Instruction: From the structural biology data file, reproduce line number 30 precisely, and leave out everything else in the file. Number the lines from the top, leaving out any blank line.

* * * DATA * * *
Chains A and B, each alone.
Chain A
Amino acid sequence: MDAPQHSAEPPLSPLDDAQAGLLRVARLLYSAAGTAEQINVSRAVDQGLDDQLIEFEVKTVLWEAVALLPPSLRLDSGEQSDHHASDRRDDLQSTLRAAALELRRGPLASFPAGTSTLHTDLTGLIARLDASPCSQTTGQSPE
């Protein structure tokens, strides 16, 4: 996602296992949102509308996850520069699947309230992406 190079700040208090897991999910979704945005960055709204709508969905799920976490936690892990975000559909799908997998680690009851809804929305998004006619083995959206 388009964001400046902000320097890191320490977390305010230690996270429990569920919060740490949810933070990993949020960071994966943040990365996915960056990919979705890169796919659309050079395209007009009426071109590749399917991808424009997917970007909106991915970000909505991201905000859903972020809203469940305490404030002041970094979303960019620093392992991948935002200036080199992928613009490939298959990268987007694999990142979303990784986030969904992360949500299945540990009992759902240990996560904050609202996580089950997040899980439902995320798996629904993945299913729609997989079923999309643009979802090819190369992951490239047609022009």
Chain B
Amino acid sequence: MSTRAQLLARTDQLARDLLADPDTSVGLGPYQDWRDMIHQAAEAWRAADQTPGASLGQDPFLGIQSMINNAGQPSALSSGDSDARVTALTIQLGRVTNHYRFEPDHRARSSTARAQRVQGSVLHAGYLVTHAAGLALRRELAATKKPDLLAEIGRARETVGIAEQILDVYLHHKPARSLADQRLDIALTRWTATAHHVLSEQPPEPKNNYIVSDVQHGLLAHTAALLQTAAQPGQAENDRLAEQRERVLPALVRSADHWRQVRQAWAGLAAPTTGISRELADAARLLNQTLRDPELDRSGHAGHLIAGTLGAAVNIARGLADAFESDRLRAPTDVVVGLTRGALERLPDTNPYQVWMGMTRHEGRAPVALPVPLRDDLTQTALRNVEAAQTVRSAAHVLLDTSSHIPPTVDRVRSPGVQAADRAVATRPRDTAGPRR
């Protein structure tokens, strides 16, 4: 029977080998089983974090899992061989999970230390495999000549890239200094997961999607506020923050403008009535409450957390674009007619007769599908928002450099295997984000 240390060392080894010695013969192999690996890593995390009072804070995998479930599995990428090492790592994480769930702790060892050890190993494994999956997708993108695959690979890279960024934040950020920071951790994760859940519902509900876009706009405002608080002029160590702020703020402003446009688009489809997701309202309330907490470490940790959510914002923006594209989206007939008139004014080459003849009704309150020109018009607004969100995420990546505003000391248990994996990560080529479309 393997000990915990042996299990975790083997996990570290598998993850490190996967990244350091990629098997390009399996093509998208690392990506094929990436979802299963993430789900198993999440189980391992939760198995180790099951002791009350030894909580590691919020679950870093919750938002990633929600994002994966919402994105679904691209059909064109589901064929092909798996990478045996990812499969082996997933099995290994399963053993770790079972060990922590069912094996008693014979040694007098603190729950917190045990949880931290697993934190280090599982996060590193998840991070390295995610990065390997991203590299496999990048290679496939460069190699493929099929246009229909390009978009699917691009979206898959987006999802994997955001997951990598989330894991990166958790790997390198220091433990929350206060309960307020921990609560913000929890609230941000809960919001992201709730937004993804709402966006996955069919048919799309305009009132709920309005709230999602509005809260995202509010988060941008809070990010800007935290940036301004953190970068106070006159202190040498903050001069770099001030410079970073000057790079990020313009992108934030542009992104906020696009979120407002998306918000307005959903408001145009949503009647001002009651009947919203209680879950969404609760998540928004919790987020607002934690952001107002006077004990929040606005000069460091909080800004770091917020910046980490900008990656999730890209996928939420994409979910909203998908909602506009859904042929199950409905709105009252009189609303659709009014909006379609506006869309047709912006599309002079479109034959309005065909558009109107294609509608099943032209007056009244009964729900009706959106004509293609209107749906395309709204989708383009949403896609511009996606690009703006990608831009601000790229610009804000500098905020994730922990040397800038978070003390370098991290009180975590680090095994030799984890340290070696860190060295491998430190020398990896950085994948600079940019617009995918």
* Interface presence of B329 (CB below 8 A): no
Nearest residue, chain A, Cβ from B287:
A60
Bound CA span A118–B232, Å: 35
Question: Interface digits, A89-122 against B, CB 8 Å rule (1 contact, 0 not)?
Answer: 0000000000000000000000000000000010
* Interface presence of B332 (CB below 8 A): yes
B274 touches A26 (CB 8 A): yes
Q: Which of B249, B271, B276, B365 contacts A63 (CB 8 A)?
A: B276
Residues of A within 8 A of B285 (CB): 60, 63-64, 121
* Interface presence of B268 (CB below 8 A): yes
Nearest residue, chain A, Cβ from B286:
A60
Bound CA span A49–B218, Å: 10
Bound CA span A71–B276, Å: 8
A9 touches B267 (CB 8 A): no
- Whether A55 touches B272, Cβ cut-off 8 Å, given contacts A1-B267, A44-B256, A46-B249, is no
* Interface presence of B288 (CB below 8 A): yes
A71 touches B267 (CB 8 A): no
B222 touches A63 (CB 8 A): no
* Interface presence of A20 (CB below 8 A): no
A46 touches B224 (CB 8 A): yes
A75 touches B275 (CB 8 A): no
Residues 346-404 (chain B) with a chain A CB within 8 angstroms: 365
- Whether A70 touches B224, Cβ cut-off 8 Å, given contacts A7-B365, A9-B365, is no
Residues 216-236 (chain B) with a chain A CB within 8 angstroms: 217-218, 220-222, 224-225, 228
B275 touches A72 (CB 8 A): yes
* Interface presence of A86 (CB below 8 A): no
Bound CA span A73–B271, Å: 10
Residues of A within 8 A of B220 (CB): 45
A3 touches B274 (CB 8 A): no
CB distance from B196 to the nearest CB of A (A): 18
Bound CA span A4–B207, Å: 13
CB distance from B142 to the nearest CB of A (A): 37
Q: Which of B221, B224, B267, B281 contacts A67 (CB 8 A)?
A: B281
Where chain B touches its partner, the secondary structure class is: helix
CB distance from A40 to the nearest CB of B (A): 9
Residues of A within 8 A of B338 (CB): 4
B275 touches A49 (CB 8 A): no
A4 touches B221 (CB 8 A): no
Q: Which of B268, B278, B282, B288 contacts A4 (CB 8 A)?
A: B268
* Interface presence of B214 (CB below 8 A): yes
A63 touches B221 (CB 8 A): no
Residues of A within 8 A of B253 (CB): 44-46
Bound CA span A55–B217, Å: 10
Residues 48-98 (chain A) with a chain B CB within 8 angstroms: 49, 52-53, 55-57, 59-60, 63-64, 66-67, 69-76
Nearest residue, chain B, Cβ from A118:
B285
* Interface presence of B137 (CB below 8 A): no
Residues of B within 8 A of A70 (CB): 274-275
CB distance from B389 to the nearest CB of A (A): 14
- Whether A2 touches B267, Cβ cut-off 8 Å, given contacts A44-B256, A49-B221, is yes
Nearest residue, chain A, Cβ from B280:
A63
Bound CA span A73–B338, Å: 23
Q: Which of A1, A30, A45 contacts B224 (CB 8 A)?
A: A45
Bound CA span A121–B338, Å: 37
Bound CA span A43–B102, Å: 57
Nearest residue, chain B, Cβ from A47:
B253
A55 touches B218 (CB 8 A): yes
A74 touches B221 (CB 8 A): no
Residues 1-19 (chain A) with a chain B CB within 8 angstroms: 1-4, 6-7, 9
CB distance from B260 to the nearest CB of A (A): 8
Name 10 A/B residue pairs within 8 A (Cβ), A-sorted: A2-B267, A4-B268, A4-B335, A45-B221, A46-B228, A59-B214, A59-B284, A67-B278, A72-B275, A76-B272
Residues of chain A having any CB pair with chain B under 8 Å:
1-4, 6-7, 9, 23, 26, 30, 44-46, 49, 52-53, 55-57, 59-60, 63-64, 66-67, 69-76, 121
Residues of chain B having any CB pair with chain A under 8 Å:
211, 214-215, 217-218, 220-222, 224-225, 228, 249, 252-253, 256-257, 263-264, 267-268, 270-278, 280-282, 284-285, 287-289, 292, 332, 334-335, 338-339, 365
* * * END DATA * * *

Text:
A46 touches B224 (CB 8 A): yes